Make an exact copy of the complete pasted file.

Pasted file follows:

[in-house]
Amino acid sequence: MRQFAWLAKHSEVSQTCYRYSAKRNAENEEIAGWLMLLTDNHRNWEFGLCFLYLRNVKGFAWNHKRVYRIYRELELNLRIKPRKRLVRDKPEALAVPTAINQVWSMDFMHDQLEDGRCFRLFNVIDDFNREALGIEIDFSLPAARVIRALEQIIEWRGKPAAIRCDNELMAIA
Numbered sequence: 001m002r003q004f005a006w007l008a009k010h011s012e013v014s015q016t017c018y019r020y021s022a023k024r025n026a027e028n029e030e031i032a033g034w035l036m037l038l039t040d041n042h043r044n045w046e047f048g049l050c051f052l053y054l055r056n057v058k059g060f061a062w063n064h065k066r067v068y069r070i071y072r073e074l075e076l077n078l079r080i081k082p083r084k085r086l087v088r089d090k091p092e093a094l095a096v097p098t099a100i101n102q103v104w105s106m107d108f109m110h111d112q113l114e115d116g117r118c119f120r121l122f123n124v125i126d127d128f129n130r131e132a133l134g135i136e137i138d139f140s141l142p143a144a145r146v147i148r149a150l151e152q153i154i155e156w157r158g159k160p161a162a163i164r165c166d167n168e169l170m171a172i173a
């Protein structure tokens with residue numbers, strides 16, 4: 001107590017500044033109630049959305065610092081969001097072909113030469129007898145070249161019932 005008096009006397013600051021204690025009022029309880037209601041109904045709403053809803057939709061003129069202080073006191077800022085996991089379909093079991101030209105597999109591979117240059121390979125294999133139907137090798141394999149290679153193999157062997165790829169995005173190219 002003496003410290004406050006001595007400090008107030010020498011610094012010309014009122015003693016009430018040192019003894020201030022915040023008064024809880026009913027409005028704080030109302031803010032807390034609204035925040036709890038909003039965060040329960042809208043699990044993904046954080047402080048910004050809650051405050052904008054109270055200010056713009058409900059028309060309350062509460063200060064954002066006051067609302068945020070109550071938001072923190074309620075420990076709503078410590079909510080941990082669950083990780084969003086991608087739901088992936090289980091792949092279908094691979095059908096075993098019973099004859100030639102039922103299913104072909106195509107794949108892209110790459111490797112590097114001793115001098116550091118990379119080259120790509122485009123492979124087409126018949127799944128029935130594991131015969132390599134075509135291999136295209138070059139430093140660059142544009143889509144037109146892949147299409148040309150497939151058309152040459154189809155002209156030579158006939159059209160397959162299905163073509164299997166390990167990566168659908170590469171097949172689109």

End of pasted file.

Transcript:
[in-house]
Amino acid sequence: MRQFAWLAKHSEVSQTCYRYSAKRNAENEEIAGWLMLLTDNHRNWEFGLCFLYLRNVKGFAWNHKRVYRIYRELELNLRIKPRKRLVRDKPEALAVPTAINQVWSMDFMHDQLEDGRCFRLFNVIDDFNREALGIEIDFSLPAARVIRALEQIIEWRGKPAAIRCDNELMAIA
Numbered sequence: 001m002r003q004f005a006w007l008a009k010h011s012e013v014s015q016t017c018y019r020y021s022a023k024r025n026a027e028n029e030e031i032a033g034w035l036m037l038l039t040d041n042h043r044n045w046e047f048g049l050c051f052l053y054l055r056n057v058k059g060f061a062w063n064h065k066r067v068y069r070i071y072r073e074l075e076l077n078l079r080i081k082p083r084k085r086l087v088r089d090k091p092e093a094l095a096v097p098t099a100i101n102q103v104w105s106m107d108f109m110h111d112q113l114e115d116g117r118c119f120r121l122f123n124v125i126d127d128f129n130r131e132a133l134g135i136e137i138d139f140s141l142p143a144a145r146v147i148r149a150l151e152q153i154i155e156w157r158g159k160p161a162a163i164r165c166d167n168e169l170m171a172i173a
């Protein structure tokens with residue numbers, strides 16, 4: 001107590017500044033109630049959305065610092081969001097072909113030469129007898145070249161019932 005008096009006397013600051021204690025009022029309880037209601041109904045709403053809803057939709061003129069202080073006191077800022085996991089379909093079991101030209105597999109591979117240059121390979125294999133139907137090798141394999149290679153193999157062997165790829169995005173190219 002003496003410290004406050006001595007400090008107030010020498011610094012010309014009122015003693016009430018040192019003894020201030022915040023008064024809880026009913027409005028704080030109302031803010032807390034609204035925040036709890038909003039965060040329960042809208043699990044993904046954080047402080048910004050809650051405050052904008054109270055200010056713009058409900059028309060309350062509460063200060064954002066006051067609302068945020070109550071938001072923190074309620075420990076709503078410590079909510080941990082669950083990780084969003086991608087739901088992936090289980091792949092279908094691979095059908096075993098019973099004859100030639102039922103299913104072909106195509107794949108892209110790459111490797112590097114001793115001098116550091118990379119080259120790509122485009123492979124087409126018949127799944128029935130594991131015969132390599134075509135291999136295209138070059139430093140660059142544009143889509144037109146892949147299409148040309150497939151058309152040459154189809155002209156030579158006939159059209160397959162299905163073509164299997166390990167990566168659908170590469171097949172689109």